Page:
2.1. Were inclusion/exclusion criteria specified (e.g., risk, point in disease progression, diagnostic or prognosis criteria), and with sufficient detail and without omitting criteria critical to the study? Yes
  2.2. Were criteria applied equally to all study groups? Yes
  2.3. Were health, demographics, and other characteristics of subjects described? Yes
  2.4. Were the subjects/patients a representative sample of the relevant population? ???
3. Were study groups comparable? N/A
  3.1. Was the method of assigning subjects/patients to groups described and unbiased? (Method of randomization identified if RCT) N/A
  3.2. Were distribution of disease status, prognostic factors, and other factors (e.g., demographics) similar across study groups at baseline? N/A
  3.3. Were concurrent controls or comparisons used? (Concurrent preferred over historical control or comparison groups.) N/A
  3.4. If cohort study or cross-sectional study, were groups comparable on important confounding factors and/or were preexisting differences accounted for by using appropriate adjustments in statistical analysis? N/A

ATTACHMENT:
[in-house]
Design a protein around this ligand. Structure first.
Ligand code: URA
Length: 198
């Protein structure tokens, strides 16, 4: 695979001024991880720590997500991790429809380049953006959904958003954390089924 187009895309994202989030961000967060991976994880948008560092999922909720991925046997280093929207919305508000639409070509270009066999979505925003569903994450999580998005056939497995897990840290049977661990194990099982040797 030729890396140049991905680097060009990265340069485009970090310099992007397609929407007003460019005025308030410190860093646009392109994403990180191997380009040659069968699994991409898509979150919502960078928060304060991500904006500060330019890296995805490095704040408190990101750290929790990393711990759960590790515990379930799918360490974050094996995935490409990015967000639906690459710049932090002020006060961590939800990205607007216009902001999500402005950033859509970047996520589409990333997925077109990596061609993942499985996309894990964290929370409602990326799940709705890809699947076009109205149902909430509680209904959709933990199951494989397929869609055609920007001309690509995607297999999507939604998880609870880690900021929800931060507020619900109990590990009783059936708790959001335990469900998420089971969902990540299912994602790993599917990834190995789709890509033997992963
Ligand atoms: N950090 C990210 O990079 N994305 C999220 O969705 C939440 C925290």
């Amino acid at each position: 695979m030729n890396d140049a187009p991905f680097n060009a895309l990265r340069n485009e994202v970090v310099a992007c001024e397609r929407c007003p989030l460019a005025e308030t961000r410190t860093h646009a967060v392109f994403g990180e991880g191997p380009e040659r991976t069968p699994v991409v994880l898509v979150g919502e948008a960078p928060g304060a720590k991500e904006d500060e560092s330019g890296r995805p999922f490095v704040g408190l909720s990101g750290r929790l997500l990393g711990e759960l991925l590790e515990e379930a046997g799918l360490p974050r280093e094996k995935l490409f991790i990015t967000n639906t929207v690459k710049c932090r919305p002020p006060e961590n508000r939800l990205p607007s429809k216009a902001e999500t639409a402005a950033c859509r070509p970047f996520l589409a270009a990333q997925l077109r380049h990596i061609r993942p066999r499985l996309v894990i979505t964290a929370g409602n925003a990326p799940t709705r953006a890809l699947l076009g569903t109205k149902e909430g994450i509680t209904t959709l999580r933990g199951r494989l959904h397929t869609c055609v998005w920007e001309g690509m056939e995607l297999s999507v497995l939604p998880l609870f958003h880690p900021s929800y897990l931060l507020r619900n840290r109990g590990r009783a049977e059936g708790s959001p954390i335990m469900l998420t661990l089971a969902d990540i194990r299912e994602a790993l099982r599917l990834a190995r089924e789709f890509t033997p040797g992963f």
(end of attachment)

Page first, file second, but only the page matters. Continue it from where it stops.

3.5. If case control study, were potential confounding factors comparable for cases and controls? (If case series or trial with subjects serving as own control, this criterion is not applicable.) N/A
  3.6. If diagnostic test, was there an independent blind comparison with an appropriate reference standard (e.g., "gold standard")? N/A
4. Was method of handling withdrawals described? Yes
  4.1. Were follow-up methods described and the same for all groups? Yes
  4.2. Was the number, characteristics of withdrawals (i.e., dropouts, lost to follow up, attrition rate) and/or response rate (cross-sectional studies) described for each group? (Follow up goal for a strong study is 80%.) Yes
  4.3. Were all enrolled subjects/patients (in the original sample) accounted for? Yes
  4.4. Were reasons for withdrawals similar across groups? N/A
  4.5. If diagnostic test, was decision to perform reference test not dependent on results of test under study? N/A
5. Was blinding used to prevent introduction of bias? Yes
  5.1. In intervention study, were subjects, clinicians/practitioners, and investigators blinded to treatment group, as appropriate? N/A
  5.2. Were data collectors blinded for outcomes assessment? (If outcome is measured using an objective test, such as a lab value, this criterion is assumed to be met.) N/A
  5.3. In cohort study or cross-sectional study, were measurements of outcomes and risk factors blinded? Yes
  5.4. In case control study, was case definition explicit and case ascertainment not influenced by exposure status? N/A
  5.5. In diagnostic study, were test results blinded to patient history and other test results? N/A